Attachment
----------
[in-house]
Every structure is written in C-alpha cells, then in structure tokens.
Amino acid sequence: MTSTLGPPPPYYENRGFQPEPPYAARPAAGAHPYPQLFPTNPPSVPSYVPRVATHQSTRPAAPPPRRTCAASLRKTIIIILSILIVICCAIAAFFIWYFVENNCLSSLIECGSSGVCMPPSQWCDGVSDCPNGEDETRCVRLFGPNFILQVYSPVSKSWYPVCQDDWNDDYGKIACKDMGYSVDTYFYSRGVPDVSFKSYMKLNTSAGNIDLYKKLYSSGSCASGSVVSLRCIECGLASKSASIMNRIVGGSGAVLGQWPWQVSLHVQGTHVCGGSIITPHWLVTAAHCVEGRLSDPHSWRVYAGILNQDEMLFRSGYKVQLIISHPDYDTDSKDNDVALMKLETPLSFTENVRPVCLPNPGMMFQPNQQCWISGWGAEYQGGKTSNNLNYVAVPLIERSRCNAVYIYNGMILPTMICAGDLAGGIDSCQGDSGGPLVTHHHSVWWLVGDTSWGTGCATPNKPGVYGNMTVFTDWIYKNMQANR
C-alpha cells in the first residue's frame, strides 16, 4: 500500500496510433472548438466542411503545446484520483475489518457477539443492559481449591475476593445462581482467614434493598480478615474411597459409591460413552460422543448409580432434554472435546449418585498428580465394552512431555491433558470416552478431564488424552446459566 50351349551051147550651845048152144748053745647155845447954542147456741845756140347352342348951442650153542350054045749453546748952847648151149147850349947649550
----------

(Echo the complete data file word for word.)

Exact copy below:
[in-house]
Every structure is written in C-alpha cells, then in structure tokens.
Amino acid sequence: MTSTLGPPPPYYENRGFQPEPPYAARPAAGAHPYPQLFPTNPPSVPSYVPRVATHQSTRPAAPPPRRTCAASLRKTIIIILSILIVICCAIAAFFIWYFVENNCLSSLIECGSSGVCMPPSQWCDGVSDCPNGEDETRCVRLFGPNFILQVYSPVSKSWYPVCQDDWNDDYGKIACKDMGYSVDTYFYSRGVPDVSFKSYMKLNTSAGNIDLYKKLYSSGSCASGSVVSLRCIECGLASKSASIMNRIVGGSGAVLGQWPWQVSLHVQGTHVCGGSIITPHWLVTAAHCVEGRLSDPHSWRVYAGILNQDEMLFRSGYKVQLIISHPDYDTDSKDNDVALMKLETPLSFTENVRPVCLPNPGMMFQPNQQCWISGWGAEYQGGKTSNNLNYVAVPLIERSRCNAVYIYNGMILPTMICAGDLAGGIDSCQGDSGGPLVTHHHSVWWLVGDTSWGTGCATPNKPGVYGNMTVFTDWIYKNMQANR
C-alpha cells in the first residue's frame, strides 16, 4: 500500500496510433472548438466542411503545446484520483475489518457477539443492559481449591475476593445462581482467614434493598480478615474411597459409591460413552460422543448409580432434554472435546449418585498428580465394552512431555491433558470416552478431564488424552446459566 50351349551051147550651845048152144748053745647155845447954542147456741845756140347352342348951442650153542350054045749453546748952847648151149147850349947649550